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My father in law grew up on the Mississippi and they had a tiller with 40hp and they could get two skiers up at a time. He said it took a long time to get up but was fun. Sounds crazy to me.

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I am on my third boat. My first boat was a tiller, 2nd was a side console, currently have a dual console.

The boat control thing for me went out the window with the invention of the electric trolling motor. Tiller boats have boat control in reverse not forward (at least with me driving). Back trolling was a way of slowing down your boat when you were trolling with your main motor. No longer an issue. In big water no thanks don't feel like catching a wave. Don't want to put wave wackers on which will get in the way for other styles of fishing. I remember always getting frustrated that the front of the boat would always blow around on me since all the weight was in the back. I like to be able to see where I am going when I am driving across the lake with or without other people in the boat. I see a lot more consoles and full windshield boats on big water. I won't go back to a tiller.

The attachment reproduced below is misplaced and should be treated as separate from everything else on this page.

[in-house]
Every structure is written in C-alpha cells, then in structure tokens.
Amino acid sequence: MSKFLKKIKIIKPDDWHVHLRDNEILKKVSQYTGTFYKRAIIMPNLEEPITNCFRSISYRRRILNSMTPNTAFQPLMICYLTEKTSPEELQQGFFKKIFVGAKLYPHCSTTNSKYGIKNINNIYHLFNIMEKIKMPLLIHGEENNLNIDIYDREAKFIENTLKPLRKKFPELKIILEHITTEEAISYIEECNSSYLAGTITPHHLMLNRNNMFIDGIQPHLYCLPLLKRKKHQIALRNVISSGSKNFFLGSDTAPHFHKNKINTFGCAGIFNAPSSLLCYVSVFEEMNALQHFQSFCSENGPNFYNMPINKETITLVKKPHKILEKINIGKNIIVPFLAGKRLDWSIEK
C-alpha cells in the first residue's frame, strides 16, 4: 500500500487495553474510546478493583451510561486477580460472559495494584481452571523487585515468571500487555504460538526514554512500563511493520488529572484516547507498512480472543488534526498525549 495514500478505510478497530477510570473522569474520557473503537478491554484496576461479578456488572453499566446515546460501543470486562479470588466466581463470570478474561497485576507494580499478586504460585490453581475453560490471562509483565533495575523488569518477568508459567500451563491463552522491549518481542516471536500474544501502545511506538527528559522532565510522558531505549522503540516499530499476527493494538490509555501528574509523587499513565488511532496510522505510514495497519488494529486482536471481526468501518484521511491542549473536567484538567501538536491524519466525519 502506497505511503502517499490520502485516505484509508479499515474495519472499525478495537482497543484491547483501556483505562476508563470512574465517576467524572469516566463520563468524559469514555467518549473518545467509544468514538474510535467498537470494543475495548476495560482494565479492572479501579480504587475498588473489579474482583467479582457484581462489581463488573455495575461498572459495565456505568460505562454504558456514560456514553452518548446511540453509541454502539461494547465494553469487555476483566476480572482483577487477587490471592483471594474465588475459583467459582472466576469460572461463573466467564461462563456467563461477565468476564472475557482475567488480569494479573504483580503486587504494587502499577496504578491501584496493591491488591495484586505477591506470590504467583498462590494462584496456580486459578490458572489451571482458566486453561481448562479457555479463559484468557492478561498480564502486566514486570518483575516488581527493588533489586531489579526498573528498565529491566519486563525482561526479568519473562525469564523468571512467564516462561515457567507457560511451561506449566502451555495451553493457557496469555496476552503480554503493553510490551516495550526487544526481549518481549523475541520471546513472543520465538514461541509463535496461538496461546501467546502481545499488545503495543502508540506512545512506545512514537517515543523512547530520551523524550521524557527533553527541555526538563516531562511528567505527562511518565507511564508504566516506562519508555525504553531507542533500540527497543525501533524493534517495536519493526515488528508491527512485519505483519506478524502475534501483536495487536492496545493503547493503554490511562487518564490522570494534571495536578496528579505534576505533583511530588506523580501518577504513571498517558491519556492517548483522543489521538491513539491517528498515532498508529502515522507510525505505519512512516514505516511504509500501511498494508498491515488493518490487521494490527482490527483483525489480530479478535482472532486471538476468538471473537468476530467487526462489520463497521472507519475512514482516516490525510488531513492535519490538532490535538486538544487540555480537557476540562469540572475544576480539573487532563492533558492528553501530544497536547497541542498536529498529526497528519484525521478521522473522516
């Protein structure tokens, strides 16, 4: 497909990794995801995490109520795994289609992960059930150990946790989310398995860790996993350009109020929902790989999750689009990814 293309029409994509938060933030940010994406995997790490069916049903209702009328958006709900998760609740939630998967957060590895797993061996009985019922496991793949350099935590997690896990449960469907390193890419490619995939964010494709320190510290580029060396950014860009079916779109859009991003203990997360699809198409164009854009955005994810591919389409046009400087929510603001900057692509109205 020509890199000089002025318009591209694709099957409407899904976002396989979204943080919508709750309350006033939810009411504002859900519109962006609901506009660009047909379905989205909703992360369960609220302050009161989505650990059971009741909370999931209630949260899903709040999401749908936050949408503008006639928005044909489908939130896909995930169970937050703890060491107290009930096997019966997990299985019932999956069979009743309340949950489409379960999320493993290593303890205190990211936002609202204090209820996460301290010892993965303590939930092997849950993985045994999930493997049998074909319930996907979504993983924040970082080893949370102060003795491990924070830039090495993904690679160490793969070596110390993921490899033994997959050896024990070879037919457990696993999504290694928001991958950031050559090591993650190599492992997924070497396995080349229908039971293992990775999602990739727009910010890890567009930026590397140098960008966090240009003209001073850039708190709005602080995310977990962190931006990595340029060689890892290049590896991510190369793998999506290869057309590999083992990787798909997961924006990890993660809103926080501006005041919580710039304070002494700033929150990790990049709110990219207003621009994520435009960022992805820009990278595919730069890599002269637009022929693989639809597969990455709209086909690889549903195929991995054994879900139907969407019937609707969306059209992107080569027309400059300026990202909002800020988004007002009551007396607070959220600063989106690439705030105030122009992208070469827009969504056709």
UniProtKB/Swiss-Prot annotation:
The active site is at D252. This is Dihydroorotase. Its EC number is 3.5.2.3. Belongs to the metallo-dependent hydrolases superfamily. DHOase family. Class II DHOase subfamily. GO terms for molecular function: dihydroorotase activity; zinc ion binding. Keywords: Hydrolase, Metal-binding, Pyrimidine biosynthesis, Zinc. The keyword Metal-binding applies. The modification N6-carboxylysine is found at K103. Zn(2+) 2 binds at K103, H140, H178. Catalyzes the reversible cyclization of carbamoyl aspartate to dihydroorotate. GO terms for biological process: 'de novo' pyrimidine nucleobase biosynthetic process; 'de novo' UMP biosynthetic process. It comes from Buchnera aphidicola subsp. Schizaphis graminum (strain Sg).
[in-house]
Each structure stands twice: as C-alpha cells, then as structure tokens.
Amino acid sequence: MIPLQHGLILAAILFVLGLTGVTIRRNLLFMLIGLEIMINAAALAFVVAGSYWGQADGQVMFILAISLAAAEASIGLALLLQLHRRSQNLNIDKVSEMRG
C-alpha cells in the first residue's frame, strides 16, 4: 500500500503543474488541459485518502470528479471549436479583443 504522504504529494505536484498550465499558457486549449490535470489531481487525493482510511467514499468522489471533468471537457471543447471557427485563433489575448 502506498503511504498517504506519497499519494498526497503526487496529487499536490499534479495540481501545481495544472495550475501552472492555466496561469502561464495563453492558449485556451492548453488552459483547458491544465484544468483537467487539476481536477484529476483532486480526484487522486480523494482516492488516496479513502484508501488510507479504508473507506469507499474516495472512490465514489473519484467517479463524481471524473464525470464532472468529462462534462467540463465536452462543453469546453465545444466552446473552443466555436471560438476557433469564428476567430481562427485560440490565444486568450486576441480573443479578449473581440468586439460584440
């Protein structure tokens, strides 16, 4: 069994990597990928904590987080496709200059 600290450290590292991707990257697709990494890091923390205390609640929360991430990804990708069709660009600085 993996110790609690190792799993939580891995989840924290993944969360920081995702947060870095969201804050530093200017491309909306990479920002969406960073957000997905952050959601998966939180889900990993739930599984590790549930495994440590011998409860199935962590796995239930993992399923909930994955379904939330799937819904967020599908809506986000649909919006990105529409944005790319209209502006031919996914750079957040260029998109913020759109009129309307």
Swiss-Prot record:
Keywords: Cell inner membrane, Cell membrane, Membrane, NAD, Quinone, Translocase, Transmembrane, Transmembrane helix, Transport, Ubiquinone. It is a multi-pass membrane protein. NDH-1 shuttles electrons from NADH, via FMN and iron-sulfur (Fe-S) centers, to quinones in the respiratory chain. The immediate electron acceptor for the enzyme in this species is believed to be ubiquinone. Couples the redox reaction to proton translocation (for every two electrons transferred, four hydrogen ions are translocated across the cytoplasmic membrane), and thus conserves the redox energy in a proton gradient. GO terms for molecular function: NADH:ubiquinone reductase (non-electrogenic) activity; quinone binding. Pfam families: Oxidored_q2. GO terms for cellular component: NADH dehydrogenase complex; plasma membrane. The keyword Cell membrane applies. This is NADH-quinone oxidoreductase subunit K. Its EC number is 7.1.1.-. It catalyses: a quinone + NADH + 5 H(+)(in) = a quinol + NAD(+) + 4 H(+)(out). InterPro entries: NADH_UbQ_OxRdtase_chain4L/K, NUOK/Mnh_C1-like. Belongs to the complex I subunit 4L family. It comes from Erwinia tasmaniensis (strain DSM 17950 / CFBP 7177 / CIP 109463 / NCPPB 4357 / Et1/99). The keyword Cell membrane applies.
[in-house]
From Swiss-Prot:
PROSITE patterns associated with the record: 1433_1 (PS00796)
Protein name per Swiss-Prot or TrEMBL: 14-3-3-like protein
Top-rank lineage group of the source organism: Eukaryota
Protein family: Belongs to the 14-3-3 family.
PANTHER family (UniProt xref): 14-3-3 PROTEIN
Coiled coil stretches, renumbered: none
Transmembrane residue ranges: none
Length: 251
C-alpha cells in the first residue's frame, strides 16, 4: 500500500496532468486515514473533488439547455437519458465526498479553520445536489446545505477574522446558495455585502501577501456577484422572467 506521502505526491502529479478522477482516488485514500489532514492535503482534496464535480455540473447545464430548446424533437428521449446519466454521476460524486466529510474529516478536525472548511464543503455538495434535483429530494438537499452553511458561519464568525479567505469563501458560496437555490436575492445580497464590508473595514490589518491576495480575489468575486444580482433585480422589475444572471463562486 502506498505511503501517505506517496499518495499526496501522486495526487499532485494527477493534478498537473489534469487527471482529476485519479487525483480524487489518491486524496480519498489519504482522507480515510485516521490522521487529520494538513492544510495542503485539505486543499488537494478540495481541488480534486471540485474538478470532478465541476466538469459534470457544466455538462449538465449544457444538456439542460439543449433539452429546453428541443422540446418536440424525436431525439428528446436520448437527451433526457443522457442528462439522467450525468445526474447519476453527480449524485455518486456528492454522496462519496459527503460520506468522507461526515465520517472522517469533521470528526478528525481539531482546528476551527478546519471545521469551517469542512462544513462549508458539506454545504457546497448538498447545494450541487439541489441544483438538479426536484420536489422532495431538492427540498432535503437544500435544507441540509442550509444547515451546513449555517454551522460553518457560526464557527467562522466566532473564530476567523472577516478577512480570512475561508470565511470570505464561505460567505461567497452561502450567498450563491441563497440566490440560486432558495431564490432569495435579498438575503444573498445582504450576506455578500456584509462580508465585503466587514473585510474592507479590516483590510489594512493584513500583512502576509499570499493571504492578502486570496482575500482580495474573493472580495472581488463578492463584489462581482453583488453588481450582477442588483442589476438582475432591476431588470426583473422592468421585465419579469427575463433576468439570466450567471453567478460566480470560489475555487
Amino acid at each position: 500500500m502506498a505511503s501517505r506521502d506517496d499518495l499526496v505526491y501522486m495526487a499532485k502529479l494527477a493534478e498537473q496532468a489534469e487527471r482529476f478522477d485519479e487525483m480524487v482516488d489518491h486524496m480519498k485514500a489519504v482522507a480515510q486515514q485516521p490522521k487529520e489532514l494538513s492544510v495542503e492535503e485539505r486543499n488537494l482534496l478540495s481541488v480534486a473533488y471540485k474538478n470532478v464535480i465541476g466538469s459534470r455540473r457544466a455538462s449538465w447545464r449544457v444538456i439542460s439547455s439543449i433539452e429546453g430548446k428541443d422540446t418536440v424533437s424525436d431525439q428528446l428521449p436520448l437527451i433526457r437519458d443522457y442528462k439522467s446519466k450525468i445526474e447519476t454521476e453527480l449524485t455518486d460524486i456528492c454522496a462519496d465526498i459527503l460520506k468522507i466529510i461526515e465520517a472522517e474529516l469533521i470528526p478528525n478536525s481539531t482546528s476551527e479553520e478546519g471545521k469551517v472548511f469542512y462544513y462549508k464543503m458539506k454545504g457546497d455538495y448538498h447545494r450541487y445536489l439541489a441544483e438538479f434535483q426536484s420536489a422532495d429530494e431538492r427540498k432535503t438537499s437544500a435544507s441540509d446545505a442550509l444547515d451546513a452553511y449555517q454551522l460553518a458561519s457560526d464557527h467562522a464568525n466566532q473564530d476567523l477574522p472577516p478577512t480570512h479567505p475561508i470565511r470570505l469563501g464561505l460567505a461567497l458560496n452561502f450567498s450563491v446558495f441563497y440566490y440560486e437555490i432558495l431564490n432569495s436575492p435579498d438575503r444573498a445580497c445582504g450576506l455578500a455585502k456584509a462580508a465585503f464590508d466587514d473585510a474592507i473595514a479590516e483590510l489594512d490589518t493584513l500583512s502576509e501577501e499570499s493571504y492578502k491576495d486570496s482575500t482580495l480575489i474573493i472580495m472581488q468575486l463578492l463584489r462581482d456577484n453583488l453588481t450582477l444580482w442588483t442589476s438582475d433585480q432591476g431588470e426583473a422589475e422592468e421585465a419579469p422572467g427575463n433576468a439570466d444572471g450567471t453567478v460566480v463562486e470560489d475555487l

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MNUser- something to remember if you think your "arm will take a beating" while running a tiller is to get power assist steering on the motor.

If I was looking for a tiller boat, especially one with a bigger motor, thats an option I would definitely look at.

Your other option with a console boat is a kicker motor. Best of both worlds.

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 Originally Posted By: fishinJohn
My father in law grew up on the Mississippi and they had a tiller with 40hp and they could get two skiers up at a time. He said it took a long time to get up but was fun. Sounds crazy to me.

That was back when a 14 year old only weighed 100 lbs - not the 175 you'll find today.

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MNUser,